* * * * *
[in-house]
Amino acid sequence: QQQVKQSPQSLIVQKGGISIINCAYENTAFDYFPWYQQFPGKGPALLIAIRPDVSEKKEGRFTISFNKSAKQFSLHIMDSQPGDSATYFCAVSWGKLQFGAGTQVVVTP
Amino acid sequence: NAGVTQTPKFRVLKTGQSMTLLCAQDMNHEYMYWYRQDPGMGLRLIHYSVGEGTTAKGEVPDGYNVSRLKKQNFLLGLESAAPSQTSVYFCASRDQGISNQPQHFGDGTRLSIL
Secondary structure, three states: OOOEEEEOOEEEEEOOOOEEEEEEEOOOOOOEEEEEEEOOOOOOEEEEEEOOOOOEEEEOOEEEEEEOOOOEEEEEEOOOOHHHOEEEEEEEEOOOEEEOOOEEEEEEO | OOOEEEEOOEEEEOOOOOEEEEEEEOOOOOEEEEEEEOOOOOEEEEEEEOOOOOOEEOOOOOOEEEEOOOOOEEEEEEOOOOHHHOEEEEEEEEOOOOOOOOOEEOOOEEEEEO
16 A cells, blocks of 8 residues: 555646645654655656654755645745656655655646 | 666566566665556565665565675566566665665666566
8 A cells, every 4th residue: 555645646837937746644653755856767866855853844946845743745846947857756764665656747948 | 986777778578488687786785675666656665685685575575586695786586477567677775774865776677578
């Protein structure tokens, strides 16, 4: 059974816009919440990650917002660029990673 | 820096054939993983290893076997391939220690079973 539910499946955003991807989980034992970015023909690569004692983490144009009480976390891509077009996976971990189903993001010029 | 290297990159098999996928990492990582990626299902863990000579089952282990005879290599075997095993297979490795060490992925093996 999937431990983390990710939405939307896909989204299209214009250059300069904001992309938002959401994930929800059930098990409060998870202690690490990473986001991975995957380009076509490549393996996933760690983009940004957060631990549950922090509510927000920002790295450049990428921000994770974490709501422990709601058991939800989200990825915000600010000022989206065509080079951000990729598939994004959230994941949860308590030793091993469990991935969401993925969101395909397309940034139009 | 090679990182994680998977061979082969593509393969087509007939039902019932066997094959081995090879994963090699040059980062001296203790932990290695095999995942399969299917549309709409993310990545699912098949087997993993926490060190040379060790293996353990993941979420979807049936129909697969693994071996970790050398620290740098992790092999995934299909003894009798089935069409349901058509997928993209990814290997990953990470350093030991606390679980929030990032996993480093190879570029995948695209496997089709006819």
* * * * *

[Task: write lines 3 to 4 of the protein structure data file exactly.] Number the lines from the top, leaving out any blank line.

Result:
Amino acid sequence: NAGVTQTPKFRVLKTGQSMTLLCAQDMNHEYMYWYRQDPGMGLRLIHYSVGEGTTAKGEVPDGYNVSRLKKQNFLLGLESAAPSQTSVYFCASRDQGISNQPQHFGDGTRLSIL
Secondary structure, three states: OOOEEEEOOEEEEEOOOOEEEEEEEOOOOOOEEEEEEEOOOOOOEEEEEEOOOOOEEEEOOEEEEEEOOOOEEEEEEOOOOHHHOEEEEEEEEOOOEEEOOOEEEEEEO | OOOEEEEOOEEEEOOOOOEEEEEEEOOOOOEEEEEEEOOOOOEEEEEEEOOOOOOEEOOOOOOEEEEOOOOOEEEEEEOOOOHHHOEEEEEEEEOOOOOOOOOEEOOOEEEEEO